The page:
I've always had a tendency to overeat and get overweight. In 1997 I hit 190 lbs. I went on a diet consisting of only eating 1 meal a day 6 days a week, plus heavy exercise and in about 3 months managed to get down to 175.
In 2008 my weight reached 195 and I developed high blood pressure. Over the course of the next 9 months I managed to get down to 165 (mainly cutting out carbs, sugar, fast food) and the blood pressure issues cleared up.
I was pretty happy with that for a year or so, but my weight still kept trying to creep up. If I got over 170 or so then my blood pressure would start to rise. I was in a pattern where every week my weight was fluctuating between 165 and 170. I had still had love handles and a slight paunch. I came to the 6 week cure with the idea of just a quick, one-time fix to lose 5 or 10 lbs and get a buffer zone between my top weight and where it started to elevate my BP.
This diet is not for the faint of heart. I almost walked away when I saw the words 'no alcohol whatsoever for the first 2 weeks'. It may as well say 4 weeks. Given the tiny amount you are allowed to drink in weeks 3 and 4 I didn't bother.
For the first four days I felt like I was fasting. The muscles in my legs ached. I felt weak from hunger. One day I had cold symptoms. A couple of times I had migraines, which I never get. It was difficult to concentrate on tasks at work. I felt cold. The book didn't prepare me for any of this, though from the reviews at Amazon I learned others had a similar experience. My usual jogging routine went out the window. I absolutely didn't want to do anything that would burn calories and make me feel even hungrier.
On day 5, something clicked and I started to feel better. On day 8 I felt well enough to go jogging. After that I more or less resumed my regular jogging routine (3X a week), though I did not fully recover my normal strength and didn't attempt the longer distances I usually run on the weekends.
Throughout the first 4 weeks I felt hungry a lot of the time.
Constipation was a constant problem. Towards the middle of the second week my bowels started moving somewhat normally again. When I switched from shakes to meat it took about another week to start getting 'regular' again.
At the end of 4 weeks of almost constant hunger, weakness and the other symptoms mentioned... the grim, sober weekends... the sacrifice and self-denial... my weight was down a disappointing 5 lbs.
In week five I went back to a diet of mostly meat and salads, plus the occasional shake. I ate a few things I hadn't eaten for a while like (home made) chili and actual condiments (mustard contains sugar) and beef jerky (ditto contains sugar), as well as liquor. Weirdly, eating a salad almost every day, yet another episode of constipation strikes. My weight still declined a bit in week 5.
Week 6, pretty much the same as week 5. The constipation pretty much cleared up.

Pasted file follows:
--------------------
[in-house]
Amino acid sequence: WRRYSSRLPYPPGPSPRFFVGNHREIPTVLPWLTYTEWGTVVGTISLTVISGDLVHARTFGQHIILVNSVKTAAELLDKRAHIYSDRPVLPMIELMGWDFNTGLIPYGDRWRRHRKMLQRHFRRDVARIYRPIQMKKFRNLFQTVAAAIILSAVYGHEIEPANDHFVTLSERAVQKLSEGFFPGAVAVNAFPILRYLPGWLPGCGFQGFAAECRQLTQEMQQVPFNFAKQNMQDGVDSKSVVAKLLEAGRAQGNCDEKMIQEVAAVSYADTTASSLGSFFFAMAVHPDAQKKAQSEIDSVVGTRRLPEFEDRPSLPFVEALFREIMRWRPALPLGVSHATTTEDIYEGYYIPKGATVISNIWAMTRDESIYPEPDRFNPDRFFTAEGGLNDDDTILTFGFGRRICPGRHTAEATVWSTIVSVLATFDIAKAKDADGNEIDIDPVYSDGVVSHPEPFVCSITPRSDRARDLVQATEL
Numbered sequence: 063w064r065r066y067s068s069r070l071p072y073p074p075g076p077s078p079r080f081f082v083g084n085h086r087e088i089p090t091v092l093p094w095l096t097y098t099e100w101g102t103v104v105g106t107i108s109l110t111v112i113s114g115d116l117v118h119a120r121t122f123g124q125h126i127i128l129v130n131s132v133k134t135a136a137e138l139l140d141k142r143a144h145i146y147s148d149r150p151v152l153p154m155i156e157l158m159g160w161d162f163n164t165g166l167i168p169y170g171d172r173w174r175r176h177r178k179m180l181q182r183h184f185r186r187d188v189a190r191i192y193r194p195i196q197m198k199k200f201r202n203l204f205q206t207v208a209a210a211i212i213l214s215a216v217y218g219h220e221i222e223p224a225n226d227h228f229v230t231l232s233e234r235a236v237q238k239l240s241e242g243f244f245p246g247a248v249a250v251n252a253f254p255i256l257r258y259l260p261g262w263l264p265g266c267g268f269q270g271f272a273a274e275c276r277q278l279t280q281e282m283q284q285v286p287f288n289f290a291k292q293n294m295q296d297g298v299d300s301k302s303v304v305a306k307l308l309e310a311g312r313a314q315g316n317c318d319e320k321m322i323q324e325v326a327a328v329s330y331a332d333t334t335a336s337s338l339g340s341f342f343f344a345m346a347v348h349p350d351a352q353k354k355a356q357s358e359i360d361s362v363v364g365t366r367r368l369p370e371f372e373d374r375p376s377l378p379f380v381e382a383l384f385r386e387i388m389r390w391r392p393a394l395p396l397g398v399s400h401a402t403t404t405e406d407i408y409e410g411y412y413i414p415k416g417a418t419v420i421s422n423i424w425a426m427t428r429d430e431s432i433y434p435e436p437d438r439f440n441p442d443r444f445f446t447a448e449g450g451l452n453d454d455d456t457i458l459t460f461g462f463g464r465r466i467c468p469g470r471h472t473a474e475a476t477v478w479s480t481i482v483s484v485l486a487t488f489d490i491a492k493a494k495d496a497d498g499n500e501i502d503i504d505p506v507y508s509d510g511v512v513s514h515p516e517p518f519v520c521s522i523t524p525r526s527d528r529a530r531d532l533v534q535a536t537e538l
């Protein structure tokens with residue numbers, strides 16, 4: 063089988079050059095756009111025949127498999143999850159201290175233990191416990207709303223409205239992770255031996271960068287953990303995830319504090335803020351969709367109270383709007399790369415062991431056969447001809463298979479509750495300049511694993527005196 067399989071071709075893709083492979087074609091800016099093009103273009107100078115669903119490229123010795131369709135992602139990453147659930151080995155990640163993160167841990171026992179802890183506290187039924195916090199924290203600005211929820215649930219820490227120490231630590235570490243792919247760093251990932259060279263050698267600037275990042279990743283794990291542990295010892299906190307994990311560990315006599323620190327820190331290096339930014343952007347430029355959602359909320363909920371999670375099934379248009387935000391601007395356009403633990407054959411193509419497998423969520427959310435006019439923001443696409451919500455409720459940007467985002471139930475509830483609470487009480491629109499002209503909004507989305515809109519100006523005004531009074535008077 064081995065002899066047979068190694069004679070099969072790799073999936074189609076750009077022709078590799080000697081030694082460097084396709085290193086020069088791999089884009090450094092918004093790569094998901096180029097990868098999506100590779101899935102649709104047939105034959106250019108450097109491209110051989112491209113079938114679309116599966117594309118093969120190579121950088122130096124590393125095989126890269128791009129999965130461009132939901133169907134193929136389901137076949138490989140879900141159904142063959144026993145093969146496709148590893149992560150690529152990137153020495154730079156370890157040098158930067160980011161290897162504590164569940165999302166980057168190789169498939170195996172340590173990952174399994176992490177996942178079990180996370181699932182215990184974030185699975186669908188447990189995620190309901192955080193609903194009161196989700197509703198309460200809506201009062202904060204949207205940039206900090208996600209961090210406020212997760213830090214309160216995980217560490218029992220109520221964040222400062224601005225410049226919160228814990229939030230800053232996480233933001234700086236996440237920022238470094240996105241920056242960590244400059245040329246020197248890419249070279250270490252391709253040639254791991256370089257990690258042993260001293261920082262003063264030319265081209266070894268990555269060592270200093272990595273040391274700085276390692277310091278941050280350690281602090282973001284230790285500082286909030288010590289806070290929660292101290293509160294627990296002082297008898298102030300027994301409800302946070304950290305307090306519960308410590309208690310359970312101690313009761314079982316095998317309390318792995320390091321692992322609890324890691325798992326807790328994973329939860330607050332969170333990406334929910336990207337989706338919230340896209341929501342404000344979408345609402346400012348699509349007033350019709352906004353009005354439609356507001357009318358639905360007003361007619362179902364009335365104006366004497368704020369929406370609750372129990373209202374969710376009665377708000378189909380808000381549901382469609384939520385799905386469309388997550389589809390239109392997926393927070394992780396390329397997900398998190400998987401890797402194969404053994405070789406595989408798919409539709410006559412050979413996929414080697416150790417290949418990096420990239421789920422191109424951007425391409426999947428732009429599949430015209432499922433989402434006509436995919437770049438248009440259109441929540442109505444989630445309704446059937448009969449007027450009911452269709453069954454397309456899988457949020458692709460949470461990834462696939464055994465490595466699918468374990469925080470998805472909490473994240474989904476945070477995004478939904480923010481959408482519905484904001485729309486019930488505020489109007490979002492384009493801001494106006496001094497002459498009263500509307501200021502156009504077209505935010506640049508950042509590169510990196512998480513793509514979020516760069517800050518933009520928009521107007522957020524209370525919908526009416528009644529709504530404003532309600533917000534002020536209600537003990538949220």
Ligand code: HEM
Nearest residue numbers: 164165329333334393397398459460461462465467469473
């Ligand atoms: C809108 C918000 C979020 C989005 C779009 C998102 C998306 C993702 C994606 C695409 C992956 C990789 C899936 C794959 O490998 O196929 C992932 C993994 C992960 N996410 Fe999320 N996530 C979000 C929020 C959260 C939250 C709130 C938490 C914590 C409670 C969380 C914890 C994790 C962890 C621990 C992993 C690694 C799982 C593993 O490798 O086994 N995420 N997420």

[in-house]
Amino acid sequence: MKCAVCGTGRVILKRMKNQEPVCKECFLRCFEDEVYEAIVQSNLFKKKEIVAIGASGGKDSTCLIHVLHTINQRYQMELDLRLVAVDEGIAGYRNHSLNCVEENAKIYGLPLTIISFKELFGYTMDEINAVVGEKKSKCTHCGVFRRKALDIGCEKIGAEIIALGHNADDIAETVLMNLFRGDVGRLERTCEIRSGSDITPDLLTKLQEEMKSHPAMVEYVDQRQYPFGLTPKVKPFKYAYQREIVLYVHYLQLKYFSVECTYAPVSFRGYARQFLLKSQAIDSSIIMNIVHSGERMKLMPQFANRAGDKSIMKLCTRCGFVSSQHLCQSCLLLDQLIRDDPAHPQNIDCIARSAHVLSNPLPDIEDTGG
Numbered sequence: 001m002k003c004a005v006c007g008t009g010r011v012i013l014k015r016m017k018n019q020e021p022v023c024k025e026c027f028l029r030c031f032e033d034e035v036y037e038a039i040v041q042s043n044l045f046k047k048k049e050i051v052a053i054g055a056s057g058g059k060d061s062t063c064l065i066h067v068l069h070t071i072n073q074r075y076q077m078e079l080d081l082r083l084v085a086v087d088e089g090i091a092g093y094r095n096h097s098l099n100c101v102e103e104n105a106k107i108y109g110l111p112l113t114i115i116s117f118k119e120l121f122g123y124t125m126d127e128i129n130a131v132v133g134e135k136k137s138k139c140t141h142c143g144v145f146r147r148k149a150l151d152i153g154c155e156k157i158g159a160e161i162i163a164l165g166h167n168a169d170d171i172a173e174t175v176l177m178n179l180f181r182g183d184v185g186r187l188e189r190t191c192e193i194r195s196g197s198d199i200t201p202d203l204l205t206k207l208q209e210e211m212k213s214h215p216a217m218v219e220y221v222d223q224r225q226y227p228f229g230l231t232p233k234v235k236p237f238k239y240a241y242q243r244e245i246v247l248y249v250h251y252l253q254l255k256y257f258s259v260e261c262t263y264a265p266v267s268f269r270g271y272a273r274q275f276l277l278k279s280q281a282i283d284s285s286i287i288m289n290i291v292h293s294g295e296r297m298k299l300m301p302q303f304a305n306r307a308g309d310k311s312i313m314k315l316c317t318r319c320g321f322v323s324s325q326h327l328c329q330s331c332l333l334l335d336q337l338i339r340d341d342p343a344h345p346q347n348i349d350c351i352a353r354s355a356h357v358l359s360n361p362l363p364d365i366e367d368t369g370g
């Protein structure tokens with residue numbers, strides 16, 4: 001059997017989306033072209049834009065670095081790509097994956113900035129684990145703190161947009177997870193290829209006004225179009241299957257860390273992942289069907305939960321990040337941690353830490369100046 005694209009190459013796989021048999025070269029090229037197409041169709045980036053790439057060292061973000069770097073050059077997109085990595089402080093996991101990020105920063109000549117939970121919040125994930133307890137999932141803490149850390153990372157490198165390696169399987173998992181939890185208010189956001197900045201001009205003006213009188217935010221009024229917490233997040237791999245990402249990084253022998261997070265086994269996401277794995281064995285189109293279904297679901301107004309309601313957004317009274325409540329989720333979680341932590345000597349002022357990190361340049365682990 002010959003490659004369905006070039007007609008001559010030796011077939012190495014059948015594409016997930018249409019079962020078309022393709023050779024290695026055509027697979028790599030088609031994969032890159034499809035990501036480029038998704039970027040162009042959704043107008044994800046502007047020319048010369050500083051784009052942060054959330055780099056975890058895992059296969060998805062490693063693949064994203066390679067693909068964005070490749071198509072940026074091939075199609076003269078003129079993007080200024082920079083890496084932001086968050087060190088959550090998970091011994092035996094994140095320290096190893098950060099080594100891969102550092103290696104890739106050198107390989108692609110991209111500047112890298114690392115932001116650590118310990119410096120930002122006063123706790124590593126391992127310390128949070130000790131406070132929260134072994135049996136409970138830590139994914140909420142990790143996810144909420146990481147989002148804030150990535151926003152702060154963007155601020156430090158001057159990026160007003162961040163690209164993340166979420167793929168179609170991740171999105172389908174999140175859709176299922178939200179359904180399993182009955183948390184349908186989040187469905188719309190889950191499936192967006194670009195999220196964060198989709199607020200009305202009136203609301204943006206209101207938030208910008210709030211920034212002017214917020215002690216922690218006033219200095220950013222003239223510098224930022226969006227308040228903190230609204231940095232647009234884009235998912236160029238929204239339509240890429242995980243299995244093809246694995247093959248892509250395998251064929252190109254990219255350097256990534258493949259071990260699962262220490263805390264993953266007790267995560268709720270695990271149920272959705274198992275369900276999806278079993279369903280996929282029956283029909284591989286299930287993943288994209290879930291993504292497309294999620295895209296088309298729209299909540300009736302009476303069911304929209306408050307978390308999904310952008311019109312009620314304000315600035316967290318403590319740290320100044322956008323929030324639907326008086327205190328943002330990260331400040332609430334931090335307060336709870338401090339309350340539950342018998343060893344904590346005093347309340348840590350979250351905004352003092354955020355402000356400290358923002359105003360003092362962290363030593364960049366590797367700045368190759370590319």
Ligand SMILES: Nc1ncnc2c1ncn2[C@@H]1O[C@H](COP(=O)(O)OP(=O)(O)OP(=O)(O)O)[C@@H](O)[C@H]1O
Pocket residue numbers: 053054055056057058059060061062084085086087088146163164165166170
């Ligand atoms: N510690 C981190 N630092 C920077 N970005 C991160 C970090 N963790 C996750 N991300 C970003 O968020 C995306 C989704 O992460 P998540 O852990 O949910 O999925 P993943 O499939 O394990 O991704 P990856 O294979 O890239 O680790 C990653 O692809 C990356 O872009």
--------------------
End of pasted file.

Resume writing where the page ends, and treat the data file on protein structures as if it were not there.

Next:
Here's my weekly weigh-in leading up to, during, and after the cure:
3/3 166.0 (0)
3/11 166.6 (1)
3/18 164.2 (2)
3/25 163.0 (3)
3/31 161.6 (4)
4/7 160.8 (5)
4/14 161.2 (6)
Total weight loss was about 7 lbs. I'm more or less keeping it off although there's no magic and you can see there are episodes of my weight creeping up again. The thought of possibly going through this torture again motivates me.
In spite of my complaining I don't really regret doing this. The benefits weren't as great as expected. The cost was greater than expected. Still, I never would have lost even this modest amount of weight just continuing on the way I was doing. I suspect if I had done this when I was 30 lbs overweight I would have lost 20 lbs instead of 7 or so. I think I'm just at a point where my body is fighting tooth and nail to hang on to those last few extra pounds.
My current thinking about losing weight and keeping it off follows:
(1) Avoid sugar. This includes high fructose corn syrup. Also note that some fruits are loaded with sugar. Check the ingredients label; this is present in a lot of stuff where you might not expect it.
(2) Avoid carbohydrates, which your body metabolizes into more sugar.
(3) Exercise. The benefit of this is not as great as you might think because exercise gives you an appetite and you wind up eating more. But I still think there is a net benefit.
(4) Mostly eat meat, eggs, cheese, fruits and vegetables. Limit fruit intake because of the sugar they contain.
(5) It's useless to go on a diet if you can't stick to it. Occasionally going off your diet for a day for a birthday or a holiday like Thanksgiving or Christmas won't kill you. So think about 3 or 4 special days a year when you are going to relax or celebrate something. But if you are making little exceptions every week, you might as well not bother dieting. If you screw up, it's important to limit the damage and get back on the diet right away. Each decision you make about eating sets a precedent for the next decision. You're not just making isolated, individual decisions, you're cultivating a habit.
(6) Think in terms of a permanent lifestyle change where eventually your new lifestyle will feel enjoyable and not sacrificial.